The first section of the book introduces the key figures, clubs and contests which shaped the history of the sport in India, opening up before the reader a history hitherto little known. In describing the struggle between polo and cricket in colonial Bombay, Guha demonstrates how the exigencies of colonial politics often resulted in a sport’s appropriation and indigenisation, with cricket emerging as an arena for the articulation of a very Indian brand of nationalism. Turning the colonial ideology on its head, resistance and subversion were often dominant in the second phase of the histories of British games in the colonies, particularly cricket and soccer.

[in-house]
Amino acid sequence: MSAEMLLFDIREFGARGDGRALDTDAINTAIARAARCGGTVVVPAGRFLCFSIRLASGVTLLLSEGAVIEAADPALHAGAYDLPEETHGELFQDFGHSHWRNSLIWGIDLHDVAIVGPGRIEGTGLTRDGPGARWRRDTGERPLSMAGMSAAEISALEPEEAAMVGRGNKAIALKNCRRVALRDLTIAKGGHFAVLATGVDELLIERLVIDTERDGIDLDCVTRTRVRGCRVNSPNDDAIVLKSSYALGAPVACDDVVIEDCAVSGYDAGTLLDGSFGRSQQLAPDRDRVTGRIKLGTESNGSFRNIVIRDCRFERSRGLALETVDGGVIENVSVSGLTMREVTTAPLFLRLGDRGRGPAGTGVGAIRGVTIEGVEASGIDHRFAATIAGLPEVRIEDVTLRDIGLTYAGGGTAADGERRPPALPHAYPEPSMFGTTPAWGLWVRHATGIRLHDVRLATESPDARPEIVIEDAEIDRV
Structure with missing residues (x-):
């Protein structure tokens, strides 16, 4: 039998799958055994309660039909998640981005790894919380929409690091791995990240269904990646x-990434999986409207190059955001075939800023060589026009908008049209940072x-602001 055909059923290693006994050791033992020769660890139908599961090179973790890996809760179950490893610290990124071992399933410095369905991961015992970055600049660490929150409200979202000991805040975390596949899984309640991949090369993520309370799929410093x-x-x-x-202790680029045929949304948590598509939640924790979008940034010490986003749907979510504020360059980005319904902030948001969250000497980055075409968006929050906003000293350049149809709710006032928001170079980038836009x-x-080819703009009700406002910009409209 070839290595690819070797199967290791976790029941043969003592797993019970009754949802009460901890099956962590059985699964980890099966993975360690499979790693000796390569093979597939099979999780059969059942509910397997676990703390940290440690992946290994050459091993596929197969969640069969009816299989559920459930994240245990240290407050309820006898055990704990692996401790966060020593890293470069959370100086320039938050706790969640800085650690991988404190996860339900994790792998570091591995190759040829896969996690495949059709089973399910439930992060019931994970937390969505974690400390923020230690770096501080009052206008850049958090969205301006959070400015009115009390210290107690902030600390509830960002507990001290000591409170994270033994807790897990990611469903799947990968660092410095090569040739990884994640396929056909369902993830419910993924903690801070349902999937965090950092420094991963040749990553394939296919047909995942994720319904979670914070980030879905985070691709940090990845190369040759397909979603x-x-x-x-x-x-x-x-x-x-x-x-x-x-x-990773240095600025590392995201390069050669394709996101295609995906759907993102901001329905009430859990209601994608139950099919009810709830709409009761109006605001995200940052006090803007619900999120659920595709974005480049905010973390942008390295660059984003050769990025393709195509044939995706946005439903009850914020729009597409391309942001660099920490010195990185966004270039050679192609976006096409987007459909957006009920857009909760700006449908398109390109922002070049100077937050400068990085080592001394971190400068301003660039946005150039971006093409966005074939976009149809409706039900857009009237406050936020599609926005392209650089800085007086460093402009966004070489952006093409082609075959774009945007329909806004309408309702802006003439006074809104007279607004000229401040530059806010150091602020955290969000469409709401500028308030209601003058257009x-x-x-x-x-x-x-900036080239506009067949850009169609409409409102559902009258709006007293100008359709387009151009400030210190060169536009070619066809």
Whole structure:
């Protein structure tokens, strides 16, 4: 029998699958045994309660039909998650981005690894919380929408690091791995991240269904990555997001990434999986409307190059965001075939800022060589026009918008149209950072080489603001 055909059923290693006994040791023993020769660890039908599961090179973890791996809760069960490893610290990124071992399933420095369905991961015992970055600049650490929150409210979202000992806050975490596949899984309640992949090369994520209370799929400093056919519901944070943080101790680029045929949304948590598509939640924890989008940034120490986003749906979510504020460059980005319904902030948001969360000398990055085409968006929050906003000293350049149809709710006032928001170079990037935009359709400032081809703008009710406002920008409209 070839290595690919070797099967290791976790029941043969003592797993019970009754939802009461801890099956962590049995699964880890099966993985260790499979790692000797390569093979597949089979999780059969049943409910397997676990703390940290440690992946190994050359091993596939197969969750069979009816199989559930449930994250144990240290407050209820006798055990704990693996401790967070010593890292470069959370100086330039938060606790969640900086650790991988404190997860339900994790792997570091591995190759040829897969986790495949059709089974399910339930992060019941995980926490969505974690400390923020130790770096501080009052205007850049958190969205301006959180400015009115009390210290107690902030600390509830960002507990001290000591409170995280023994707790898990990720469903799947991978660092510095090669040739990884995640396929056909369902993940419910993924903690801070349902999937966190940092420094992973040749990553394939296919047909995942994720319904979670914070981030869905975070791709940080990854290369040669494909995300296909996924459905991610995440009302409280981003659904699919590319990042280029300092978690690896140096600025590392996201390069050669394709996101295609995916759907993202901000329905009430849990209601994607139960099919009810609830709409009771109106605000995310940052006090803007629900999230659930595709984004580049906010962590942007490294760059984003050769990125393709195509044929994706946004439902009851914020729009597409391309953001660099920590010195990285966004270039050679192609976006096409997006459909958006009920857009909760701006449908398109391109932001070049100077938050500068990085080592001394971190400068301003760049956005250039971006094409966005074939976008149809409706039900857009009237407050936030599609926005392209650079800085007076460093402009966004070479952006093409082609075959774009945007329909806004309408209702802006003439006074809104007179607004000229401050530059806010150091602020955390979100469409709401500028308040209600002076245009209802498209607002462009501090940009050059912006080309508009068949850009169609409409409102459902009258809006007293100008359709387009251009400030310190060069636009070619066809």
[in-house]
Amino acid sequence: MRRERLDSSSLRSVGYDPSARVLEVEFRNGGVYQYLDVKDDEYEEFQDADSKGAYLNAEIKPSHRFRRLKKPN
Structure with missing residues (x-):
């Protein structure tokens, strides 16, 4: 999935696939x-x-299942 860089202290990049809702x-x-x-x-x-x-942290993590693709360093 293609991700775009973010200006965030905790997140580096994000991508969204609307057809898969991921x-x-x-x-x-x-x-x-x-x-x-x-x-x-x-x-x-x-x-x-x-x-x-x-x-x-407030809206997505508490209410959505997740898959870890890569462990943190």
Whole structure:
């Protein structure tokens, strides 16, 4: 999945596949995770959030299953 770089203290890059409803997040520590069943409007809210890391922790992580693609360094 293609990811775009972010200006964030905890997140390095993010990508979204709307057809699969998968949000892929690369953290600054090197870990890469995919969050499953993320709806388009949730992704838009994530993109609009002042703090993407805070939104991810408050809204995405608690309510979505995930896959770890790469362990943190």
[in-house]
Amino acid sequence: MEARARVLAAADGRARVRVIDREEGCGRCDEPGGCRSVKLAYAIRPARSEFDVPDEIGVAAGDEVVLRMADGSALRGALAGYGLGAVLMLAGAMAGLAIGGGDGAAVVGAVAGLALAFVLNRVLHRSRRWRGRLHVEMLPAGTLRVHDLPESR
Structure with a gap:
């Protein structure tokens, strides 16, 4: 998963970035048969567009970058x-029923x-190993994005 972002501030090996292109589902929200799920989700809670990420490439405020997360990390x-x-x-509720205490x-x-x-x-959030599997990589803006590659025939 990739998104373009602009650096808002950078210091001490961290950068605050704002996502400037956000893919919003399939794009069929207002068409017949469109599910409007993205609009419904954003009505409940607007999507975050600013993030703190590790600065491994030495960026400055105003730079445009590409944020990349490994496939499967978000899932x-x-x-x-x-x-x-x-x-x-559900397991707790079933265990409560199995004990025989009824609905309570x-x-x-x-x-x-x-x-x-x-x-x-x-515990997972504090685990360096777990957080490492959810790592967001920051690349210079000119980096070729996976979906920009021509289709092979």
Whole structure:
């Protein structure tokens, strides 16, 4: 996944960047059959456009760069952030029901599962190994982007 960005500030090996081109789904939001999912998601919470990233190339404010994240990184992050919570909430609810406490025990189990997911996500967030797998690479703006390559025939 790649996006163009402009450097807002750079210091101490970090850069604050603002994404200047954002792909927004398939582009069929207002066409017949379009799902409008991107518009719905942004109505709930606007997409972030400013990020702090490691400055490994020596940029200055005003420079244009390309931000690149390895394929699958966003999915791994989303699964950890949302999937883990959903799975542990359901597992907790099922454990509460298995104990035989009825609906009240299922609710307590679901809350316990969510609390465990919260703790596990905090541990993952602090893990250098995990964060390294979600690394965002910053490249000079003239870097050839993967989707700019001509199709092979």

In arguably the best section of the book, Caste, Guha traces the career of Palwankar Baloo, the best-known Dalit cricketer of colonial India. Baloo has never before been dealt with in such great detail. That Baloo could take on Babasaheb Ambedkar in an electoral struggle is a telling comment on cricket’s potential in pre-partition India as a ladder for social mobility. Further, his portrayal of Harris, the governor of Bombay from 1890 to 1895, is absorbing, bringing to light the complexities that governed the imperial administrative machinery. Most existing studies have looked upon Harris as a messiah for Indian cricket, who had done much for the development of the game in Bombay.